Desert Companion

Notes & Letters

1. “Lifelike,” our September profile of a local family’s taxidermy business, prompted a couple of strong reader responses, including one from Annoula Wylderich, excerpted here (see the full text at

“We have few really good publications in the valley that actually provide newsworthy articles rather than superfluous pages of ads and useless information. I consider Desert Companion to be among them. However, I have been disappointed lately to read articles that help glorify and perpetuate the exploitation of animals.

“… The public may not have the foresight to look past the cuddly animals, photo opportunities or trophy heads adorning walls to ask some pointed questions. However, journalists who report about these businesses do have the responsibility to look at all sides of the issue when they decide to write these stories. Your recent ‘Lifelike’ article in the September issue was one such example. The Werner family, like many other ‘avid hunters’ and trappers, professes to ‘love animals.’ Many of us love our families and friends; that doesn’t mean we want to see their heads on our walls.

“The 5 percent of Nevadans who hunt usually show up at meetings where wildlife issues are discussed, to oppose any measures of more humane ways of trapping and treating wildlife. Any attempts to alleviate the needless suffering of animals are vehemently fought against by these people, and the Werners are at practically all of these meetings. …

Support comes from

“If publications choose to continue printing stories which include self-professed ‘experts’ on the issue of wildlife, at least include the input of those educated and trained individuals who can speak intelligently about this issue.”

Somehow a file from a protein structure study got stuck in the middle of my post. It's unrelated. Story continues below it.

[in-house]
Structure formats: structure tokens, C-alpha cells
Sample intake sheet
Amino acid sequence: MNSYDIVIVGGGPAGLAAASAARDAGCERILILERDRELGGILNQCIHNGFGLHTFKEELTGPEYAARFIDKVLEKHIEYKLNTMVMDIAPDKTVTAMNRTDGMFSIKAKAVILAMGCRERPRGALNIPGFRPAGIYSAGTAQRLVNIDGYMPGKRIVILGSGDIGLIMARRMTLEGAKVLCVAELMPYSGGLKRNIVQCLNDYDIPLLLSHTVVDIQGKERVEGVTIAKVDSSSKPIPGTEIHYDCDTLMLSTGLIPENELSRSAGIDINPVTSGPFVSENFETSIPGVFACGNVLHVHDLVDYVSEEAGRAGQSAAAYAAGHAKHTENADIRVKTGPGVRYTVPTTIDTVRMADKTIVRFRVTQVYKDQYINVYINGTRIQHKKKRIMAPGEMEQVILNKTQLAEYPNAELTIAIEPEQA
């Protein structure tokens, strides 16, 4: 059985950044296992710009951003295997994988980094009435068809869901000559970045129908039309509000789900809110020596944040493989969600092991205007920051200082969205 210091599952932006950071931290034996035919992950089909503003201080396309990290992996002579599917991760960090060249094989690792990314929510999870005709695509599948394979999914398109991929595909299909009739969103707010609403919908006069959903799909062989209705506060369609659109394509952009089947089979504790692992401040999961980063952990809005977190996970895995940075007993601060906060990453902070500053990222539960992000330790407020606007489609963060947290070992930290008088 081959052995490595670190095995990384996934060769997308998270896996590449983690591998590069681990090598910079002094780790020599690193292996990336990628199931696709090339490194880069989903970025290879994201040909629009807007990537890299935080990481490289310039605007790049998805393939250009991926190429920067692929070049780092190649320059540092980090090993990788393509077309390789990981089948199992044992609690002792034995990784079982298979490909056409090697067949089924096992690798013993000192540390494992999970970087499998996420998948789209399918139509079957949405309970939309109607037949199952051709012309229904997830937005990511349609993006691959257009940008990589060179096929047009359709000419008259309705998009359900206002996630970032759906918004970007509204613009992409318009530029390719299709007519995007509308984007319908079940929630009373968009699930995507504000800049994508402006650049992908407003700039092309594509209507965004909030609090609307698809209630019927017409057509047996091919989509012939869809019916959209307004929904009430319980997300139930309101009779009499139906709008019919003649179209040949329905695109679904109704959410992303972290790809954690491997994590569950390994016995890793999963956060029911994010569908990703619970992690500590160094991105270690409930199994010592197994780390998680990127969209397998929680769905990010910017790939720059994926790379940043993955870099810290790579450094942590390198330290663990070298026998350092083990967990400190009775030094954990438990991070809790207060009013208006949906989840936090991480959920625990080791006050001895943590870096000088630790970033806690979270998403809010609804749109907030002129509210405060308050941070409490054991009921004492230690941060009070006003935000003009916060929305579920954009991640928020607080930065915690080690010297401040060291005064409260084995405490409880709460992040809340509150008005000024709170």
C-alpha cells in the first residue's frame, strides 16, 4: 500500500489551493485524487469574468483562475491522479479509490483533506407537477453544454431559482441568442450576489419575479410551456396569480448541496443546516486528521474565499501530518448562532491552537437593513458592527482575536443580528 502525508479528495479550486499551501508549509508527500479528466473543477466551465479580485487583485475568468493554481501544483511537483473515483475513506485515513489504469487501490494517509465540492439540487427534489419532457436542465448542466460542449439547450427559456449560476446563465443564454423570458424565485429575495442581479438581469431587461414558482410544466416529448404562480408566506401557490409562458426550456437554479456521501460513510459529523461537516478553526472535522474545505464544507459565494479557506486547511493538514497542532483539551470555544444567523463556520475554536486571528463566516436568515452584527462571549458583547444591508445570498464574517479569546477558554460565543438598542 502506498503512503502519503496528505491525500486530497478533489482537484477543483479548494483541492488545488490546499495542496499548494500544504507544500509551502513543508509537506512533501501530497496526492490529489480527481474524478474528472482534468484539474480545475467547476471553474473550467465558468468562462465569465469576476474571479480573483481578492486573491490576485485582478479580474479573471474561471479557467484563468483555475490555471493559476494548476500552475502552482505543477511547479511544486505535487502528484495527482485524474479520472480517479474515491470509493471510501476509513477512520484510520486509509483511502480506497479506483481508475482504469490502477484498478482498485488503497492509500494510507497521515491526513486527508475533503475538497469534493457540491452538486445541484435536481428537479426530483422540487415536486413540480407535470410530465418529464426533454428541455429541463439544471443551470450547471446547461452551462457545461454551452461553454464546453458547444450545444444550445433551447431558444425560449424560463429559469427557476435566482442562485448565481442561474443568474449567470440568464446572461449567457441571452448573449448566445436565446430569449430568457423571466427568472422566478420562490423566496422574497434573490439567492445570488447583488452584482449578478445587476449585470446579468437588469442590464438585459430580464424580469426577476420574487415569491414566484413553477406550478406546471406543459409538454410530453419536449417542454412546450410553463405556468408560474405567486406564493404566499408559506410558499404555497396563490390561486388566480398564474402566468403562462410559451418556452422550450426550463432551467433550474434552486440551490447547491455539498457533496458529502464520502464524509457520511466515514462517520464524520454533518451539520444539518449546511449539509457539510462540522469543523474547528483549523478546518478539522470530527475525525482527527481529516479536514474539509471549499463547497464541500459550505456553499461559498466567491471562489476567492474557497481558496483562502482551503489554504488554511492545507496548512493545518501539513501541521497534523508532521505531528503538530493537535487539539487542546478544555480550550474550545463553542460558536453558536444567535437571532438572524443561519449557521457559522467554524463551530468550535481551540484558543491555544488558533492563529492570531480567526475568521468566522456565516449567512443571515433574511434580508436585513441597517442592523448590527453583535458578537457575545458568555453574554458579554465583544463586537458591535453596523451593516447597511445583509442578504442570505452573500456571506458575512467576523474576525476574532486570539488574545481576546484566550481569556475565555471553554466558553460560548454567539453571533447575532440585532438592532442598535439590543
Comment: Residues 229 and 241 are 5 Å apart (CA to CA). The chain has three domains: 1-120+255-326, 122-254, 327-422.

Editor Andrew Kiraly responds: Thanks for writing, and sorry you were disappointed by the taxidermy article. I suppose I would agree with some of your assertions if the article purported to be some thorough investigation into the ethics of hunting and its arguable role in conservation. It wasn’t that kind of article, quite obviously. It was a profile of an unusual family business that many people are curious about (and, yes, that some find distasteful). The fact that we wrote about it doesn’t imply editorial endorsement or approval, or that it meets some Desert Companion value test. It’s journalism. It doesn’t condone, condemn or glorify. But it does acknowledge that people different than you live and work here, and that they might be interesting. That’s the value test, if any. I like to think our readers are mature, educated and broad-minded enough to understand that these subjects may not always comport with their sensibilities and values — and, moreover, that our readers even enjoy encountering such diversity in our pages.


2. Now let’s hear from a website commenter named Emily, responding to September’s story about developments in the solar-power industry: “How can miles and miles of solar fields be considered environmentally friendly? In our fragile desert habitat, where destroyed soils will never regenerate in our lifetime, and where plants and animals have evolved specifically to survive in this harsh climate, it must be acknowledged that solar fields are destructive. … It is misguided to assume that solar energy is ‘green’ energy, especially out here where the destruction of desert land means permanent destruction.”


3. Saying “It is a big deal to some of us,” reader Brian Forbes wrote in to correct a fact in our “Stirring tribute” cocktail story from September: “Jack Daniels is Tennessee whiskey, not bourbon. Bourbon comes only from Kentucky.” Duly noted; into the Desert Companion style guide it goes!


4. The September issue’s 24-part all-Vegas hoedown — in which we chronicled a day in the life of the valley — was so wide-ranging, so inclusive, that even some of the participants learned from it. Poet Lee Mallory, for example, who contributed a poem inspired by spending the 3 a.m. hour in a North Las Vegas Denny’s, told Facebook the following: “Well, after barely two years in Vegas, I learned more from this virtual ‘tour’ than from anyone, anywhere.” And Stacy J. Willis, while stationed at Sunset Park for the sizzling-hot 4 p.m. shift, tells us she picked up a receipt dropped by a man racing through the park on a kid’s bike: “It was from Walmart, and here’s what it said: 5 pounds of rice, 2 calzones, 2 pickles, and 1 ‘MC SS Choc’ — whatever that is. I sat under a tree for a few seconds, trying to put together that meal: rice, calzones, pickles and chocolate.” All that’s missing is a little bourbon.

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